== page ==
10 Quotes on Brave Leadership from Brene Brown at #SHRM19

“Leadership isn’t about having all the right answers. It’s about having all the right questions.” “You cannot opt out of fear and feelings. Determine what fears and feelings are leading to behaviors. Don’t play whack a mole with bad behaviors. Address fears and feelings directly.” My Favorite: “If you cannot have hard conversations because they are making you uncomfortable you won’t be leading in the next five years.  And it’s not the responsibility of the target of the conversation to prompt it.  It is your job as a leader.”  “Courage is teachable, observable, and measurable. Fear is the biggest barrier to it.” “Vulnerability

7 Pieces of Advice for Becoming a Great Speaker

Spending the last week at the National #SHRM19 conference with 20,000 plus people provided the opportunity to see and hear a lot of speakers across a diverse group of topics and styles.    As I reflect on what made some stand out over others, I find this list of advice helpful to myself as a speaker and hopefully to you too, regardless of the size of the audience or the subject you may find yourself addressing:  Pictures and stories are worth 1000 words. If you can illustrate with a picture or a story, don’t put the words on a slide. No

Put Your Phone Away: The 1 Best Piece of Advice for Today’s Adults and Teens?

I’ve been asked to speak to a group of high school student leaders this week.  I’m always open to almost any topic the organizers want me to cover that I have expertise in.  In this case, what started off as a talk about communication skills morphed into talking about building confidence. The adult leader said that she felt as though this was a challenge for most youth of today.   I see this point and also see where there are a variety of factors contributing to it. One factor that I see related to both challenges in communication skills and confidence is the

4 Main Sources to Get Wage Data

I hope to see you at #SHRM19 next week!  If you are attending, stop by and see me at 10:45 am on Tuesday in Westgate Ballroom A for my session – “Do You Need to Raise Your Wages:  A Step-by-Step Guide for Evaluating Your Wage Practices”.   If you can’t make it, one of the most important steps in this process is to get good market data.  Where do you find this?  First: Contact your local Chamber of Commerce and/or Economic Development Entity and see if they do a local or regional wage survey that you can participate in and/or purchase.  Most communities do

4 Pieces of Advice for College Students

One of the things I like to do most is help students consider what would maximize their learning and experiences in preparation for the working world.   I recently had lunch with a student who is majoring in business and thinking about concentrating in Human Resources.  She is bright, well-rounded and is exploring multiple possibilities.  She asked good questions about what to consider, and I found myself offering this advice that I would offer to most college students, in particular, business school students: 1.  Study or work abroad at some point before you graduate.  I know the cost of this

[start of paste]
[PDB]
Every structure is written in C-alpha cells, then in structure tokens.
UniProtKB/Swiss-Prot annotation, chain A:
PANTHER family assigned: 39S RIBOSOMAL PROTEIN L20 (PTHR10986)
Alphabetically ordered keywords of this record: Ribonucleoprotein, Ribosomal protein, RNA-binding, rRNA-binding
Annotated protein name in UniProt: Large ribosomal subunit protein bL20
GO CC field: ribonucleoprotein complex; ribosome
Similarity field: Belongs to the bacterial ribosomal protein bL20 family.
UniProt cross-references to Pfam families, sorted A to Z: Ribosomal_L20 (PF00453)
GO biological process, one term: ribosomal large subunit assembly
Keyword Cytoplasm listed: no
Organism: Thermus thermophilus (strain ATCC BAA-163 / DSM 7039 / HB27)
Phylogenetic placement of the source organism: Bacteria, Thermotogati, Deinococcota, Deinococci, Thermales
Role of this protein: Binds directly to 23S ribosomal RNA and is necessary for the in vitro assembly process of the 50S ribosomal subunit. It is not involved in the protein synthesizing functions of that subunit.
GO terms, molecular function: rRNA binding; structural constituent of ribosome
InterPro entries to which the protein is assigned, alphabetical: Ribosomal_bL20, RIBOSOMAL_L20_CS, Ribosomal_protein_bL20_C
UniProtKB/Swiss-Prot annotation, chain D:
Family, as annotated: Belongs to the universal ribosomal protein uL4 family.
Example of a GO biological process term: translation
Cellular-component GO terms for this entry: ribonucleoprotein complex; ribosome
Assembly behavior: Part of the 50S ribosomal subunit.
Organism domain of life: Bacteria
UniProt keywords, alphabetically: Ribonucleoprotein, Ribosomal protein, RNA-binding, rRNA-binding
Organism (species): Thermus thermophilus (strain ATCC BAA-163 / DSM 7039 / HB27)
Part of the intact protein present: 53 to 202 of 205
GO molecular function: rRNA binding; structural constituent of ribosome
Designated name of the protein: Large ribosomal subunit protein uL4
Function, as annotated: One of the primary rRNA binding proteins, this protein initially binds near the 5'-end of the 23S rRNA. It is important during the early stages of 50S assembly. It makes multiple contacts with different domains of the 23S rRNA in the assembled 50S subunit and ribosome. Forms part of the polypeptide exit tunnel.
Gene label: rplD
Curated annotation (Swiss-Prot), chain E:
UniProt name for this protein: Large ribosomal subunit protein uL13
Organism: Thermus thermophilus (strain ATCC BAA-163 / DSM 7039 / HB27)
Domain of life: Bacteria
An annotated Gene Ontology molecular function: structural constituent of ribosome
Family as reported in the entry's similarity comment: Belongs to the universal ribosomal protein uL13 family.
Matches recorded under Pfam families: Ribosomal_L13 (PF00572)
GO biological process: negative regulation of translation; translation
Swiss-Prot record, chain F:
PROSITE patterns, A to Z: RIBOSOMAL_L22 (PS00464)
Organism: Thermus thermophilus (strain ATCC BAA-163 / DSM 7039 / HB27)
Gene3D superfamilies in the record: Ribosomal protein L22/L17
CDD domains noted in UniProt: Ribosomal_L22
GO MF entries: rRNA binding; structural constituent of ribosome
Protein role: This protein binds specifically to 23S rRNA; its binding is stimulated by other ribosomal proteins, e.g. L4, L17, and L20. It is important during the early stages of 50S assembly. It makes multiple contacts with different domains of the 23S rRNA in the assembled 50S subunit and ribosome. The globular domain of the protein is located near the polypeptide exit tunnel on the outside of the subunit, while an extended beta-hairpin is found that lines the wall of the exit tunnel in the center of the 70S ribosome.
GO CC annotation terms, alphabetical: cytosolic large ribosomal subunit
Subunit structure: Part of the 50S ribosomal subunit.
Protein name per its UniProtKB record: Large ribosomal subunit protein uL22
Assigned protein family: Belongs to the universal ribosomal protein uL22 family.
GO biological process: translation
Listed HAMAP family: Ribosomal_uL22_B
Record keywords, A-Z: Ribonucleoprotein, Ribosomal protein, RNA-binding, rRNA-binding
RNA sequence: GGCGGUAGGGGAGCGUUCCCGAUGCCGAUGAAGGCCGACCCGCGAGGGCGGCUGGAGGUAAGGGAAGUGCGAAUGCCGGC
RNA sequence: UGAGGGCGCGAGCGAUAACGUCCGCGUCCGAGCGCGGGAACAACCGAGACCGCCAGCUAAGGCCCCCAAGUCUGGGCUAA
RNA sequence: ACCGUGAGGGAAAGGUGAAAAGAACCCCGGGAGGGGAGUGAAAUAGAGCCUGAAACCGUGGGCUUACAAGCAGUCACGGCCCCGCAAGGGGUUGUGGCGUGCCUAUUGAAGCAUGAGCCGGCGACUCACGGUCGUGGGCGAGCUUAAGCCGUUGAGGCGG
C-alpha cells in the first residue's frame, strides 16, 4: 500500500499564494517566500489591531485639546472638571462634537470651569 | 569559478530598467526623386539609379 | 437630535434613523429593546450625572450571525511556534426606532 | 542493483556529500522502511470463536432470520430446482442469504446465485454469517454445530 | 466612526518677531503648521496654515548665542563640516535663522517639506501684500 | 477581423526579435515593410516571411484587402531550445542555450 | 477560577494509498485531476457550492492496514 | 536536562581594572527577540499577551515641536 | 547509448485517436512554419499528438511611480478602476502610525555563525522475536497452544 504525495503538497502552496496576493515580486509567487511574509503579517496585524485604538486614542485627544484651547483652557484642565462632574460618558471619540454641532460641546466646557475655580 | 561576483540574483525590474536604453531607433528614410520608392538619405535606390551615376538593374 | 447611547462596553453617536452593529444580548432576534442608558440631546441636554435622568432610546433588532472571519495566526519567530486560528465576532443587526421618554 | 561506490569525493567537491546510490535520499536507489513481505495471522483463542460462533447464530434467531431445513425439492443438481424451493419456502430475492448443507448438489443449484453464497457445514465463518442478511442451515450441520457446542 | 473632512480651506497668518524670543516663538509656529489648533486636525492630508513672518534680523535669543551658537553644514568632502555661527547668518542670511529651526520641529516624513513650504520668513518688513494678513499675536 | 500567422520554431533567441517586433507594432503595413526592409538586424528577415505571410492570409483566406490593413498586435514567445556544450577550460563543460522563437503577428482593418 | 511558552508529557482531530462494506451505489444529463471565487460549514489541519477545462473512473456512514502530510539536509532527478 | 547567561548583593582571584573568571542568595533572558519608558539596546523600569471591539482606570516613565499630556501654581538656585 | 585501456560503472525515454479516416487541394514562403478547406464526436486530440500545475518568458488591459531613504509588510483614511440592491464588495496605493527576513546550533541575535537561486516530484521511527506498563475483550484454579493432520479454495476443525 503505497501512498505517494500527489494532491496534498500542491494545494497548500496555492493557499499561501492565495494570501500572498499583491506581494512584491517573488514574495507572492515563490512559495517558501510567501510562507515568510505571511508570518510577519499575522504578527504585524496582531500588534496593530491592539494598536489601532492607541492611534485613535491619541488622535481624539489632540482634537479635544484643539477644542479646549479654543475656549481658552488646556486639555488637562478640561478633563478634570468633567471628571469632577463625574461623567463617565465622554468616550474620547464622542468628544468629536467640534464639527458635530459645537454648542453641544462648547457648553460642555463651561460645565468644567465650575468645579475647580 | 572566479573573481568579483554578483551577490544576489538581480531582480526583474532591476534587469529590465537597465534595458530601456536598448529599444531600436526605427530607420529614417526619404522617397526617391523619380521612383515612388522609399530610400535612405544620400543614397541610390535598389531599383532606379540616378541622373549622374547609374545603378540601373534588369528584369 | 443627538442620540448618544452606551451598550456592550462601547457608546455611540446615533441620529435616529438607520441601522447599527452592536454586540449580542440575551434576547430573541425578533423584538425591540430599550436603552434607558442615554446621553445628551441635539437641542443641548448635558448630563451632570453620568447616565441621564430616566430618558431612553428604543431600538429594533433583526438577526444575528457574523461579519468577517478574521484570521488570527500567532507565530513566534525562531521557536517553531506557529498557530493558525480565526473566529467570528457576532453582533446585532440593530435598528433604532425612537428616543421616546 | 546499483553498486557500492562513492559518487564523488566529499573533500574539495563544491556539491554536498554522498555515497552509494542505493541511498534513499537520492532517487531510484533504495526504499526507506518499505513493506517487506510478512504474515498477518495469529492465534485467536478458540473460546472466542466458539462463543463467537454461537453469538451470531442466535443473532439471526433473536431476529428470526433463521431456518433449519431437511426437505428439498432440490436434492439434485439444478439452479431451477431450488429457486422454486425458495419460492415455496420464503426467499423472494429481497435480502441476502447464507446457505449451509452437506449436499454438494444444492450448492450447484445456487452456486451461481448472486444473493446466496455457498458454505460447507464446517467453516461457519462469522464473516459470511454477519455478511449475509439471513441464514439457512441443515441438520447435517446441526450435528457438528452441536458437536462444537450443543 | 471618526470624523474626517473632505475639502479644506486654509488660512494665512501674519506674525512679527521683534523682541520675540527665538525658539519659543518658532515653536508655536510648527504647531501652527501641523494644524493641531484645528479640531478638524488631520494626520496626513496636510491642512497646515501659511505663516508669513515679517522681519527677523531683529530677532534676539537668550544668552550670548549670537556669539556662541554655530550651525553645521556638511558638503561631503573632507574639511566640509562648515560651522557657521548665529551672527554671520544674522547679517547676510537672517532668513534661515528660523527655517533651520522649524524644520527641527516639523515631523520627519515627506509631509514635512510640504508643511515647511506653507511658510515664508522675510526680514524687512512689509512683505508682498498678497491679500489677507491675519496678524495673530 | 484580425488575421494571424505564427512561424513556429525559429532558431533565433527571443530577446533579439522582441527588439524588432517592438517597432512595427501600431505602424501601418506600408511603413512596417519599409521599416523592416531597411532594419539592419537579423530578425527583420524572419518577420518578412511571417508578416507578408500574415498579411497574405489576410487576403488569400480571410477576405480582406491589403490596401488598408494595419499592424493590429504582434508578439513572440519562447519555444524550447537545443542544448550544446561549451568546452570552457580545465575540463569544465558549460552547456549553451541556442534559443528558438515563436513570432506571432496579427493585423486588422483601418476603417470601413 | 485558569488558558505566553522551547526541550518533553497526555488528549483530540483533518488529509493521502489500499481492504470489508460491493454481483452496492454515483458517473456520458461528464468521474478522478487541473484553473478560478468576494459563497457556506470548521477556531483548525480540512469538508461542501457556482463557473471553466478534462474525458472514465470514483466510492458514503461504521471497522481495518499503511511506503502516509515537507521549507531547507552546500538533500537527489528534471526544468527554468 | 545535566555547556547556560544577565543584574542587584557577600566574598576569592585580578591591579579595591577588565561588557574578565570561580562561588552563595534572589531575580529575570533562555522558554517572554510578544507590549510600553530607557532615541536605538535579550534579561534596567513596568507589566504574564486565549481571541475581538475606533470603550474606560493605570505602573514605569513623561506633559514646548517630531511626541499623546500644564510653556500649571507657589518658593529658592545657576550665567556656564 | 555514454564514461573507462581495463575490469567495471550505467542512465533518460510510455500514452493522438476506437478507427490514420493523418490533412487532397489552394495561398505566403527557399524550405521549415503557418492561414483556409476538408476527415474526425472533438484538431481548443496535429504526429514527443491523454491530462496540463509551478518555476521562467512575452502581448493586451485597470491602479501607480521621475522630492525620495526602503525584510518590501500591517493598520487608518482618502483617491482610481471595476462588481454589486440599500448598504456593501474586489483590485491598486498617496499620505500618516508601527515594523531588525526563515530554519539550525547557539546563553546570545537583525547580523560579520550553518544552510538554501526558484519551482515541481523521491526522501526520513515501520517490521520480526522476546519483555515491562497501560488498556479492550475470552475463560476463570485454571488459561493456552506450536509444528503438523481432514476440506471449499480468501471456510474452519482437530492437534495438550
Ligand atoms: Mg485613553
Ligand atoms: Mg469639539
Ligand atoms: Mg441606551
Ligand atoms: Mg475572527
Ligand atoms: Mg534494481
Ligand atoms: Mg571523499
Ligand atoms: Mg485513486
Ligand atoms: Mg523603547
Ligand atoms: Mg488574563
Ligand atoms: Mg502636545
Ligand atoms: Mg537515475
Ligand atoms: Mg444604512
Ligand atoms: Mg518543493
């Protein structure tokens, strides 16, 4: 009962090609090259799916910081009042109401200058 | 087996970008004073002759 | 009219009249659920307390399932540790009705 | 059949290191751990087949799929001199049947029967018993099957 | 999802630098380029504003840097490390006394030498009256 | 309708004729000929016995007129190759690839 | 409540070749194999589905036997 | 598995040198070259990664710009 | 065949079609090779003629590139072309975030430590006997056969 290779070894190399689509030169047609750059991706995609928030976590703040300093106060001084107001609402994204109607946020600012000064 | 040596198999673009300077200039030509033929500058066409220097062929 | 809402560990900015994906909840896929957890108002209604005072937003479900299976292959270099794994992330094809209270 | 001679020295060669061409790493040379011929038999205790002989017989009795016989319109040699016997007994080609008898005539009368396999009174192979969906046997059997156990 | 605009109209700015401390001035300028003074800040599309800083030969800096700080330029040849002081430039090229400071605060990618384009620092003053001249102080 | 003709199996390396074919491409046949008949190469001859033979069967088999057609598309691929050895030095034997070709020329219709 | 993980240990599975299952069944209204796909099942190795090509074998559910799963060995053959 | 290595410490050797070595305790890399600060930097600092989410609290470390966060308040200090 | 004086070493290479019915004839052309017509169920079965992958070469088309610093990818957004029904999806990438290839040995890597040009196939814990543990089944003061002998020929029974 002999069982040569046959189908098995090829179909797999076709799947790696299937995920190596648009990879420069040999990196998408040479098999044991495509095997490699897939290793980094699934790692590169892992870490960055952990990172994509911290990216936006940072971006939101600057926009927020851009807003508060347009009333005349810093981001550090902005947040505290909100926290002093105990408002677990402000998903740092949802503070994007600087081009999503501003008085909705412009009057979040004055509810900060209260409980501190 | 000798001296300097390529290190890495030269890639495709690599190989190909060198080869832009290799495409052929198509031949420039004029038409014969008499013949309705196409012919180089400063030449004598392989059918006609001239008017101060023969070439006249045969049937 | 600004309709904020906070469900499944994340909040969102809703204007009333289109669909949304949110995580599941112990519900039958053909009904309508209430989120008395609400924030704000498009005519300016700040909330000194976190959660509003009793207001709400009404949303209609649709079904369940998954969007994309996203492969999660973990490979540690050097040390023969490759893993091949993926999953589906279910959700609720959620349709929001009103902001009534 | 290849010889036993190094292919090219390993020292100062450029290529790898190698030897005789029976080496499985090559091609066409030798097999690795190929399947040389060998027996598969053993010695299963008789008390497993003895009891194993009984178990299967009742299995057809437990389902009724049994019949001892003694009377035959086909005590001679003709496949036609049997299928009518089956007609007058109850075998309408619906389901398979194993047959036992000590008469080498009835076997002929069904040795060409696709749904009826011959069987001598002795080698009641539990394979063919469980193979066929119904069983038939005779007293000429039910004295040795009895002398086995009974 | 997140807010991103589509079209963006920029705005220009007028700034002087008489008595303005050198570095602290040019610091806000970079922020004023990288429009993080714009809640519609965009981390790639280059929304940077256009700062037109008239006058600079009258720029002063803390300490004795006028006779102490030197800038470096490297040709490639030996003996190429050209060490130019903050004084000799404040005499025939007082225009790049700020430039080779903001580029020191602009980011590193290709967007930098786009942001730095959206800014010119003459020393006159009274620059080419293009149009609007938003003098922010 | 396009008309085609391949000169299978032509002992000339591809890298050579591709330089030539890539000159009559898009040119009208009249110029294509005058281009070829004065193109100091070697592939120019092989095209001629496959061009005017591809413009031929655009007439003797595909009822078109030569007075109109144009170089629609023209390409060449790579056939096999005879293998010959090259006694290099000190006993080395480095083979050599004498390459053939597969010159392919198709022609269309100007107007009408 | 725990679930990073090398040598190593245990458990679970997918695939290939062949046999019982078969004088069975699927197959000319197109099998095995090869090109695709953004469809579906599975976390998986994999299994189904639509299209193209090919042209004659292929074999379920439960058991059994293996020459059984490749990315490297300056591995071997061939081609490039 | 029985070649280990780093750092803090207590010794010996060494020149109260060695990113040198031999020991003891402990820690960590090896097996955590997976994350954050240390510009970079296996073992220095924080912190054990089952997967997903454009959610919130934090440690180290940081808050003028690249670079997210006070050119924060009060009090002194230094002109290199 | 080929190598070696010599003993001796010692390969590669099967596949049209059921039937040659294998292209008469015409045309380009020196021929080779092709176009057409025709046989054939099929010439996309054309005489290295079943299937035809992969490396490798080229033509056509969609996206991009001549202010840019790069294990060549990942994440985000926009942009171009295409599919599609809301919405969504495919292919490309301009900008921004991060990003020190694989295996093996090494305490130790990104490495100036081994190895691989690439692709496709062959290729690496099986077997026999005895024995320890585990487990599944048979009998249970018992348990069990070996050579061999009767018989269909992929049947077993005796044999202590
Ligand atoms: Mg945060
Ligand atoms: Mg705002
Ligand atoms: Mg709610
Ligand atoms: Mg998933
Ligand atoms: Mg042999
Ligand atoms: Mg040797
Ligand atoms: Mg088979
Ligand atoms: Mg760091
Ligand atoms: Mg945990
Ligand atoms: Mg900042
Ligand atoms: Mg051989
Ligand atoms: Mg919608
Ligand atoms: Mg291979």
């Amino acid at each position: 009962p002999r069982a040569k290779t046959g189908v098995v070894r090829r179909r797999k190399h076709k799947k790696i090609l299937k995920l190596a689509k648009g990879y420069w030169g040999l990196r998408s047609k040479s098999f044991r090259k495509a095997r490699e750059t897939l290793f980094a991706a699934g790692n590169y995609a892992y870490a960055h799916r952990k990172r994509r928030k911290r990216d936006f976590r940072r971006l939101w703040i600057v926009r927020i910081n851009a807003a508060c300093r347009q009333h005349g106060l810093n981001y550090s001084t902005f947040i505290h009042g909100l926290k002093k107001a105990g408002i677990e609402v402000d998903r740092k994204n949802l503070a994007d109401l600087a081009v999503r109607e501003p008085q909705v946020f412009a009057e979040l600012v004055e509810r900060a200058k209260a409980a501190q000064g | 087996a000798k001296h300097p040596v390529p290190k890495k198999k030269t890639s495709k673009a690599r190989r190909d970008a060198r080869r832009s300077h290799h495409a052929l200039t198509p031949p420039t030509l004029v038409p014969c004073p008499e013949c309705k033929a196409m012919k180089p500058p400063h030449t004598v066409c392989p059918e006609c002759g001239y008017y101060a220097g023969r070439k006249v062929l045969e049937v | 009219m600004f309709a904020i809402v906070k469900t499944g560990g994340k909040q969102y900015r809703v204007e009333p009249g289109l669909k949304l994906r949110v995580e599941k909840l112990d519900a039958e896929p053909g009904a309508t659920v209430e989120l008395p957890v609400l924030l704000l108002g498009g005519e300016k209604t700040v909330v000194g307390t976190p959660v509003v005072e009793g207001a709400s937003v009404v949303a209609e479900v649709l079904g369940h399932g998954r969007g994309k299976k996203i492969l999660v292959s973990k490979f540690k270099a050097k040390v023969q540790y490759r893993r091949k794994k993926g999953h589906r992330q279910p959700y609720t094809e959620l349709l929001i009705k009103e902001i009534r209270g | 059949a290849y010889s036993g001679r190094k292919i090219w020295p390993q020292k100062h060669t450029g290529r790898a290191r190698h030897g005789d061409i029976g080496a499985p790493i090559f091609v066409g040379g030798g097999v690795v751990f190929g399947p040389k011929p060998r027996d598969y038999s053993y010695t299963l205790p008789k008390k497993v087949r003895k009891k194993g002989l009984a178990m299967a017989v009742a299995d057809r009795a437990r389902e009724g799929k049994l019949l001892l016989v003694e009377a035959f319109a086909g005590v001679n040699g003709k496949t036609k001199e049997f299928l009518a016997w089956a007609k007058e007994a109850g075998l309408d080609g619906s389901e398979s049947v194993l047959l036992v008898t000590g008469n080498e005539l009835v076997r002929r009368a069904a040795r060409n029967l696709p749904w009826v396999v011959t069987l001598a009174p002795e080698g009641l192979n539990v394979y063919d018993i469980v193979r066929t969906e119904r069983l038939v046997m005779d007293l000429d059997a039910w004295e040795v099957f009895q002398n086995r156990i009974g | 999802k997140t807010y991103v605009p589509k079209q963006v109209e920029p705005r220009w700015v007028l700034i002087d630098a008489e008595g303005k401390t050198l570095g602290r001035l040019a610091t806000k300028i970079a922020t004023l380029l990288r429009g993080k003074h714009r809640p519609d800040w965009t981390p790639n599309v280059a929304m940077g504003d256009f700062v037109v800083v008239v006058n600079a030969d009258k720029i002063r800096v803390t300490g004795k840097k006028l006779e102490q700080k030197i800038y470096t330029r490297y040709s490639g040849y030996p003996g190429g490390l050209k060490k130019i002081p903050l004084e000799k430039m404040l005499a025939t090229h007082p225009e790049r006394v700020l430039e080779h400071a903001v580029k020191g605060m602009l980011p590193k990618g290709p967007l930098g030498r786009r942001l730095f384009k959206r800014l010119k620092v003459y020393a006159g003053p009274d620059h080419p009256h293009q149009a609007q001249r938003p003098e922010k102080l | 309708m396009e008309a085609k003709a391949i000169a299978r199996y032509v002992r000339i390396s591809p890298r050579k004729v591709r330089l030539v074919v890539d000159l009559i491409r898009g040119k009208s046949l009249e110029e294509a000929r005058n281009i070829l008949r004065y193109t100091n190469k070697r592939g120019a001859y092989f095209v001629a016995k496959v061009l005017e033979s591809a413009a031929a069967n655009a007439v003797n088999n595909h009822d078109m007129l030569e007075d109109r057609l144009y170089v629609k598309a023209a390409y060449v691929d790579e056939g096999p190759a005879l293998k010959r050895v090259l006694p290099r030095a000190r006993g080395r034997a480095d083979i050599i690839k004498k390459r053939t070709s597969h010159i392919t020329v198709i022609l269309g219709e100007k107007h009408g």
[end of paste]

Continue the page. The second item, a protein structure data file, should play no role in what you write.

Create Insights Instead of Giving Feedback

“….But the most helpful advice is not a painting. It is instead a box of paints and a set of brushes. Here, the best team leaders seem to say, take these paints, those brushes, and see what you think you can do with them. What do you see, from your vantage point? What picture can you paint?” from Nine Lies About Work A few weeks ago, we talked about how neuro research shows us that for learning to happen, insights have to be created. We talk a lot about giving and receiving feedback in the workplace and how necessary it

What the World Needs…

“Don’t ask what the world needs. Ask what makes you come alive, and go do it. Because what the world needs is people who have come alive.” ― Howard Thurman Watch this video from this week’s America’s Got Talent to see this quote in action. It will inspire you, I promise. 

2 Tips for Resolving Conflict Wisely

The shortest distance to solve a conflict does not take the path of a triangle. One of the best interview questions to ask, regardless of the position is, “Tell me about a time when you had a conflict with another person and how did you resolve it?” This question was asked in an interview panel I was a part of and I loved the applicant’s response.  She started by stating, “I don’t practice triangular conflict resolution,” and then proceeded to describe a situation in which she went directly to the person the conflict was with in order to resolve the

3 Things to Help Your Recruiting Efforts during a tough Labor Market

In our last post, we discussed strategies for retaining talent in a difficult labor market.  Hopefully, you’ve focused efforts there, but most likely, you also need to figure out the best ways to recruit talent. Here are some ideas for doing so: 1. Expose Yourself! Exposure is a key problem in attracting talent, especially for B2B companies.  Developing programs that expose people in the community to your company and jobs are important. We aren’t all Apple and Google. You can do this through partnership with schools in your area, marketing campaigns, involvement in community and charitable endeavors and by giving your

5 Tips for Using Assessments in Hiring

In a difficult hiring market, it is hard to think about adding another layer to your hiring practices that potentially screens people out instead of in.  As one hiring manager said to me last week, “I just need people with a pulse.” But one reason why you may be hunting for people that are alive and not much more is because you aren’t hiring the right people to begin with, so turnover is a challenge and a cost to you in more ways than one. If done correctly, assessments can be a valuable part of your hiring strategy.  To maximize